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Where credit scores come from and why they don’t quite add up — but can

Credit scores were founded on, and perpetuate, racial inequality.

A 1970 federal law required that cold, hard facts guide credit decisions, rather than the prejudicial inclinations that were normal at the time. This resulted in the rise of the credit score.H. Hopp-Bruce/The Emancipator/Nadia Snopek/Adobe

It didn’t count, but it should have. Boni, who moved to the United States from Mexico in his late 20s, needed to buy or rent equipment for his growing independent construction business. It was 2016, and he was earning decent money and paying for his housing and other living expenses. But with no credit history, his options for expanding his work opportunities were limited and involved high interest rates that seemed both expensive and risky.

Without a credit score, Boni was stuck. Everything he was doing with his money would have been fine if the credit-reporting companies knew about it. They did not.

Congressman Keith Ellison, a Minnesota Democrat, and Pennsylvania Republican Michael Fitzpatrick joined forces in September 2013 to tell the story of people like Boni and tens of millions of others who were, as Fitzpatrick pointed out, “paying their bills on time. They’re paying their cell phone bills, their utilities, and they’re paying to a private landlord. Those positive credit activities are not getting reported anywhere, but God forbid you miss a payment.”

There was nothing inherently wrong with what Boni was doing, or with what many Black and Latino people do. He simply was not the kind of customer credit-scoring companies had in mind when they developed and promoted consumer credit scores. The result is that millions of Americans who should have access to credit do not.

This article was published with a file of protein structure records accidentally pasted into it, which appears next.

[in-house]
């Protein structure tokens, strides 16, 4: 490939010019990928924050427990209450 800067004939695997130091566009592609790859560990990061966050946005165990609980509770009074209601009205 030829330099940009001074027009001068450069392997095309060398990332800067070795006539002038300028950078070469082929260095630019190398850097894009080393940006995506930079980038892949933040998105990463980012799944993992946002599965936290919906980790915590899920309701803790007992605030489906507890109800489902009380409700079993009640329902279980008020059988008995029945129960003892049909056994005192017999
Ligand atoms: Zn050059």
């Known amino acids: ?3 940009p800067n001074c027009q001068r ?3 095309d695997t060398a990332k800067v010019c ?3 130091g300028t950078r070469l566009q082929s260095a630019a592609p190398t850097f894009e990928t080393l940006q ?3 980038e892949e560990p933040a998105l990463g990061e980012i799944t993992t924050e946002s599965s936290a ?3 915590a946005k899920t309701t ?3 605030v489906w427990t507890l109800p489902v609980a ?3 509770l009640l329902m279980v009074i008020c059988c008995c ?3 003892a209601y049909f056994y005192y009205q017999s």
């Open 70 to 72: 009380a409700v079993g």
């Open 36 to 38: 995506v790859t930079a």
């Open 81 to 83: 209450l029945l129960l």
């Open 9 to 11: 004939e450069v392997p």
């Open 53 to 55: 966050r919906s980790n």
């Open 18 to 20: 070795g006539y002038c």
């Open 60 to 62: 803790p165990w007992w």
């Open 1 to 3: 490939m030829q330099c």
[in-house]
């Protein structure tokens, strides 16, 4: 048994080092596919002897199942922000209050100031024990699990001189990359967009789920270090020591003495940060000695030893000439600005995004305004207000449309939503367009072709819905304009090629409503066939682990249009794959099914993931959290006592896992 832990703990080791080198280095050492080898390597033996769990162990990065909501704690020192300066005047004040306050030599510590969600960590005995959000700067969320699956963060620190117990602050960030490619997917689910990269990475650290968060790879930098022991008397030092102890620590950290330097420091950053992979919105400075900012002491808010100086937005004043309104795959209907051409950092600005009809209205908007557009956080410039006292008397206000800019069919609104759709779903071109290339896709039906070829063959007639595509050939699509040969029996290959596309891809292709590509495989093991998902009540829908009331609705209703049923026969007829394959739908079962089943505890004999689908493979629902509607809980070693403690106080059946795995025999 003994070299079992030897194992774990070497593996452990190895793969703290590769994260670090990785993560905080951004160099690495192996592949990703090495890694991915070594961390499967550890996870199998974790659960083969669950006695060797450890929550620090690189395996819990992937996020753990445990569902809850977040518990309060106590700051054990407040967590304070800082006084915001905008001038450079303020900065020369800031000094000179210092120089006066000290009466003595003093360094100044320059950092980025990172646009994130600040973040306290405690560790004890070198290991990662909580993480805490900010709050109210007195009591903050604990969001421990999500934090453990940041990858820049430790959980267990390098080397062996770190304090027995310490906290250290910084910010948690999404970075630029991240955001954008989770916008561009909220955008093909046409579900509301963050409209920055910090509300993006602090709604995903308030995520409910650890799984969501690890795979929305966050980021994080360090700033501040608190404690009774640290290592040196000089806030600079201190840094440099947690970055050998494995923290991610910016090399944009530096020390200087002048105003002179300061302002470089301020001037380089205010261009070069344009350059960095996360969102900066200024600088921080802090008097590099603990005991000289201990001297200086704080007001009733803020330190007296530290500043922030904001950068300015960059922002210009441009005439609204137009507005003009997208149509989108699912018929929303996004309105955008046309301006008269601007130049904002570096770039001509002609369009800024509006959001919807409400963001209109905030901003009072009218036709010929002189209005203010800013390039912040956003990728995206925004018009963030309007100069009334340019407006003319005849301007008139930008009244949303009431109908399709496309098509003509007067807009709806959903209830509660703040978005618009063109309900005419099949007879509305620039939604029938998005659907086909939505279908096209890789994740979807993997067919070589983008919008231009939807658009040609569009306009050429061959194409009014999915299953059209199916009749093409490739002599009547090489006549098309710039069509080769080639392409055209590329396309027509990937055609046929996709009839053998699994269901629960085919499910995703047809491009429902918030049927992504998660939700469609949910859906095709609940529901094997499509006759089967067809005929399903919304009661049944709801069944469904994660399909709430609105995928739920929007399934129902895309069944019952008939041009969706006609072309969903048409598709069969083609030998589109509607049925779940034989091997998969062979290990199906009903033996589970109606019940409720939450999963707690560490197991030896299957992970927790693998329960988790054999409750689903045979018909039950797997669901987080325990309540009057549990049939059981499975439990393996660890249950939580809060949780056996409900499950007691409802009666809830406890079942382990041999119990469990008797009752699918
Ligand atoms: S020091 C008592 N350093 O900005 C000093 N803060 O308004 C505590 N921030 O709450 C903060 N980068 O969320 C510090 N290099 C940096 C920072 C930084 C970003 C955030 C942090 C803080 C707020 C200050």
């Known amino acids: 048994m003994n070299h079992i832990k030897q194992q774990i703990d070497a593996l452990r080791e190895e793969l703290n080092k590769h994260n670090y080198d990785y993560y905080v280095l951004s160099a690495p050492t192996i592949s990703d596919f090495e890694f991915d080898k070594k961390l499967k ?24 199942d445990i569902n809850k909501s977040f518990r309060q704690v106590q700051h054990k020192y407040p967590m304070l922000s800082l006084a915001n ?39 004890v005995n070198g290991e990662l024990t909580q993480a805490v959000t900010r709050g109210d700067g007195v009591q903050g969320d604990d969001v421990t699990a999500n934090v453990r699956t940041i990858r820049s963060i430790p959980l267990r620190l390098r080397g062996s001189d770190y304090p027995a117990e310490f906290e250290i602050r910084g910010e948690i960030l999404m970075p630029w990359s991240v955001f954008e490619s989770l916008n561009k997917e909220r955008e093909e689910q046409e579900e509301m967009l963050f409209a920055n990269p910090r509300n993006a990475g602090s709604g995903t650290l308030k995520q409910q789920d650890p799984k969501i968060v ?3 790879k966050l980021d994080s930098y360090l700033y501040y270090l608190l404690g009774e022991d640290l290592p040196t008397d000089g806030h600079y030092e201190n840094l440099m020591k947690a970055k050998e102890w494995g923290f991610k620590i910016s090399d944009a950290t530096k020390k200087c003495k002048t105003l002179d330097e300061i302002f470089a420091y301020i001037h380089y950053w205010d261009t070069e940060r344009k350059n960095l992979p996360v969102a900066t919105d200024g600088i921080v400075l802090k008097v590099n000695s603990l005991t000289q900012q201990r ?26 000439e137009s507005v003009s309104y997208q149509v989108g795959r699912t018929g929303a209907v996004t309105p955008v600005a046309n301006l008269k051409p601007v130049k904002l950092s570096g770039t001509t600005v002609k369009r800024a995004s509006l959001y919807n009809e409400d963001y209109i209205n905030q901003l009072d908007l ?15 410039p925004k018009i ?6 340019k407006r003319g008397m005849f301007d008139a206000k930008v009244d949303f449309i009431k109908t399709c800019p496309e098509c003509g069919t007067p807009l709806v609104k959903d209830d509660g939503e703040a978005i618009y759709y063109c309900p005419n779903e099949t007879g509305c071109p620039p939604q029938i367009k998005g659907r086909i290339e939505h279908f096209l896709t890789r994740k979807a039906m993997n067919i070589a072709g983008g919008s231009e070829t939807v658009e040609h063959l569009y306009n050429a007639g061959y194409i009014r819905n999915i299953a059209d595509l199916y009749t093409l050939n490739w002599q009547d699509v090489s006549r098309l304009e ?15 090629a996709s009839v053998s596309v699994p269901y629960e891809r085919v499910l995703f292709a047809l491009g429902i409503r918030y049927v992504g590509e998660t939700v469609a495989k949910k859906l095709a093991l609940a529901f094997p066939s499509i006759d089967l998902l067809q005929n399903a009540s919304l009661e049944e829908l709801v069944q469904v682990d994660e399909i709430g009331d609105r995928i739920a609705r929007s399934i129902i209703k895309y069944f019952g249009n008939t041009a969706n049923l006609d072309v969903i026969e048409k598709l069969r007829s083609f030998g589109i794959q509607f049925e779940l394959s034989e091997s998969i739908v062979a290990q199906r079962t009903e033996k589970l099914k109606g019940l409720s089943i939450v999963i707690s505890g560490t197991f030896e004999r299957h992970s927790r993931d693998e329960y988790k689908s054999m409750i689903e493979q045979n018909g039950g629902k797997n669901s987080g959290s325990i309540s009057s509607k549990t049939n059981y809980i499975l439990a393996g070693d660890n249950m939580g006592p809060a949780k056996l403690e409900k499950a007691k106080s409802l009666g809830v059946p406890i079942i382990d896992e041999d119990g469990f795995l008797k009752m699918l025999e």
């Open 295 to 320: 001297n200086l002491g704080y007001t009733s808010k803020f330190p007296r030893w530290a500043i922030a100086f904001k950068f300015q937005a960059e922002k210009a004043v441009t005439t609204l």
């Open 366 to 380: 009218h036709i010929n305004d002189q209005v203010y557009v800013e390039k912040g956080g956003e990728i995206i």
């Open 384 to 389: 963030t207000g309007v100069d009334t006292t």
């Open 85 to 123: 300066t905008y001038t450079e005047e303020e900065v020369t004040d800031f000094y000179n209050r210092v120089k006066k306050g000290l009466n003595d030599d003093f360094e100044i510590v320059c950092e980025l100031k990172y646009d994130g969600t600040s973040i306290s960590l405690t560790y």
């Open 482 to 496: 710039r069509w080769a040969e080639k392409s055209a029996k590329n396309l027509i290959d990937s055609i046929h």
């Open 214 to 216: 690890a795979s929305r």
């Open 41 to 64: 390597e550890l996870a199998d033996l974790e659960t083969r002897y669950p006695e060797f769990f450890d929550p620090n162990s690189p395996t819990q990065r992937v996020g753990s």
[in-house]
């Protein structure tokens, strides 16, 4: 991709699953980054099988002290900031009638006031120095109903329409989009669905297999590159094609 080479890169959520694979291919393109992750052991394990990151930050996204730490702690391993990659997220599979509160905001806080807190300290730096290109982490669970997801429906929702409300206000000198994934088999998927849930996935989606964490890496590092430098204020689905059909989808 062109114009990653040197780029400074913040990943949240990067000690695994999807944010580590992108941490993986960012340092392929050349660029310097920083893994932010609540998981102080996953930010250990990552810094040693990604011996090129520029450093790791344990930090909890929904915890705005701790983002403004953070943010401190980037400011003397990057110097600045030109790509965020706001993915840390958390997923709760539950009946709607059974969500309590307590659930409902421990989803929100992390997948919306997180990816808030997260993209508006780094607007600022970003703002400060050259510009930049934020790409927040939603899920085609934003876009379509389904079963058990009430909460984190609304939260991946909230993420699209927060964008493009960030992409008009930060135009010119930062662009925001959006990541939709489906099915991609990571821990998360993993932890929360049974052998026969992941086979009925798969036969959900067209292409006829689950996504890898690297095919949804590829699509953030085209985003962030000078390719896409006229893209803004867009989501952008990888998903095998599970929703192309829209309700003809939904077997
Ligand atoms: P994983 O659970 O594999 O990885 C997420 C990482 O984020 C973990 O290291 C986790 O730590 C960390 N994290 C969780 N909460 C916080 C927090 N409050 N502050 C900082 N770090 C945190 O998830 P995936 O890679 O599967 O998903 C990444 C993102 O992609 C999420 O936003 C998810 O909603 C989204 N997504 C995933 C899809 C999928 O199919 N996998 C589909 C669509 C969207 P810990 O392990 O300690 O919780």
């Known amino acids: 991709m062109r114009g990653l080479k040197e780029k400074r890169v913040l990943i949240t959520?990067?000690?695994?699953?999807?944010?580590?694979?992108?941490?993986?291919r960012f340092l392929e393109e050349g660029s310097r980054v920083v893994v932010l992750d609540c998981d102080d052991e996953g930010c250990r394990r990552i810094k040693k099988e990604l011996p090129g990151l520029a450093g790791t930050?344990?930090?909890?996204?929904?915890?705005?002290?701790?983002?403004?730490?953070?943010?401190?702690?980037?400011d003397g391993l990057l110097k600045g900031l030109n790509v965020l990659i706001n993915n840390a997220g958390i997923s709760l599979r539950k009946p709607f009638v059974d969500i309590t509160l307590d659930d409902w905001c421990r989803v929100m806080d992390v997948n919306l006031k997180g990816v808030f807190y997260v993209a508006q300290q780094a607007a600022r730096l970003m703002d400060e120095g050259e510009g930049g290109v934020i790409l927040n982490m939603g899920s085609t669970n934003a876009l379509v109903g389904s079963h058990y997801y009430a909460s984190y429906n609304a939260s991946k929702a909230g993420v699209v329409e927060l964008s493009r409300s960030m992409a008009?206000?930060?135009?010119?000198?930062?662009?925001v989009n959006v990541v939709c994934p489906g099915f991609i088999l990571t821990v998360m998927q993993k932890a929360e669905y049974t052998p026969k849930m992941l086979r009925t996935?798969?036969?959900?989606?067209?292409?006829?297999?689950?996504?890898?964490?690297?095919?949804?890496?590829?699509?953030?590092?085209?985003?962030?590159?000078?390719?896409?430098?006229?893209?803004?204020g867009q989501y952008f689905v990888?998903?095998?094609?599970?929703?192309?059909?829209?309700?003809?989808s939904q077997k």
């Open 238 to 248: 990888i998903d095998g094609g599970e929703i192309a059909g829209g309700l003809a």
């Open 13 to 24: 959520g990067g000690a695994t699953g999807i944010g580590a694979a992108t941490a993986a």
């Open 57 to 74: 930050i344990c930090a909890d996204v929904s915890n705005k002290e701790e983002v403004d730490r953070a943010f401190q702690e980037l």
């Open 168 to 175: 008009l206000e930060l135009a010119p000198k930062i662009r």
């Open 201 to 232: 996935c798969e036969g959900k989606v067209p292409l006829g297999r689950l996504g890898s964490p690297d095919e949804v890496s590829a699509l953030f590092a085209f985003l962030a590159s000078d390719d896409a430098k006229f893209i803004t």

What is a credit score?

A 1970 federal law required that cold, hard facts guide credit decisions, rather than the prejudicial inclinations that were normal at the time. This resulted in the rise of the credit score.

One of credit scoring’s inventors, William Fair, testified before Congress in 1979 that there was an inherent fairness in using information agnostically to figure out who is worthy of credit, and who poses high risk of default.

Fair objected to Congress barring the use of race, gender, or other social categories from being used in evaluating credit worthiness. He felt that those factors might be meaningful somehow and therefore should be used. If the public concern was about how credit opportunities were distributed, he said, that wasn’t the data’s fault.

‘More than half of Black adults today have no credit or a credit score under 640, considered to be “poor” or “fair” credit risks.’

Rather, he declared, determining fairness was legislators’ responsibility. He told the senators at the hearing that determining fairness is “your prerogative, duty, and responsibility, not mine. I will comply with the law and advise our clientele to do exactly that.”